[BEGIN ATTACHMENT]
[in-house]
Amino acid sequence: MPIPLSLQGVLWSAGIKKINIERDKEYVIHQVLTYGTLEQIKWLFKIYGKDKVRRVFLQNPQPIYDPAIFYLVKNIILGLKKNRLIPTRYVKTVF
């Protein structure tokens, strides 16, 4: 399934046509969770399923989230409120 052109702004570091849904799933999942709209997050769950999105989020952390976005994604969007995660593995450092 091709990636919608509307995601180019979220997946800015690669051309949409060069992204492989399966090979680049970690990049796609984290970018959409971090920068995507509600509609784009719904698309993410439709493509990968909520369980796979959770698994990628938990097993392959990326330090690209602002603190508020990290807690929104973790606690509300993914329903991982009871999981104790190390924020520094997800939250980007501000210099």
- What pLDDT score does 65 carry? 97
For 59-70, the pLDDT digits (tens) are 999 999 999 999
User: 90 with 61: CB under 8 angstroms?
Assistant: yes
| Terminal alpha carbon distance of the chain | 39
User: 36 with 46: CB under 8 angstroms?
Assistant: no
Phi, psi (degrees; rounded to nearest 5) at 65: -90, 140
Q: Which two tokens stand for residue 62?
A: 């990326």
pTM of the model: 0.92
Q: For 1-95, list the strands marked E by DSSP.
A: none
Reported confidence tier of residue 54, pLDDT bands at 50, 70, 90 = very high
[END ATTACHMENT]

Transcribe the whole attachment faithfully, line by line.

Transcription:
[in-house]
Amino acid sequence: MPIPLSLQGVLWSAGIKKINIERDKEYVIHQVLTYGTLEQIKWLFKIYGKDKVRRVFLQNPQPIYDPAIFYLVKNIILGLKKNRLIPTRYVKTVF
């Protein structure tokens, strides 16, 4: 399934046509969770399923989230409120 052109702004570091849904799933999942709209997050769950999105989020952390976005994604969007995660593995450092 091709990636919608509307995601180019979220997946800015690669051309949409060069992204492989399966090979680049970690990049796609984290970018959409971090920068995507509600509609784009719904698309993410439709493509990968909520369980796979959770698994990628938990097993392959990326330090690209602002603190508020990290807690929104973790606690509300993914329903991982009871999981104790190390924020520094997800939250980007501000210099």
- What pLDDT score does 65 carry? 97
For 59-70, the pLDDT digits (tens) are 999 999 999 999
User: 90 with 61: CB under 8 angstroms?
Assistant: yes
| Terminal alpha carbon distance of the chain | 39
User: 36 with 46: CB under 8 angstroms?
Assistant: no
Phi, psi (degrees; rounded to nearest 5) at 65: -90, 140
Q: Which two tokens stand for residue 62?
A: 């990326």
pTM of the model: 0.92
Q: For 1-95, list the strands marked E by DSSP.
A: none
Reported confidence tier of residue 54, pLDDT bands at 50, 70, 90 = very high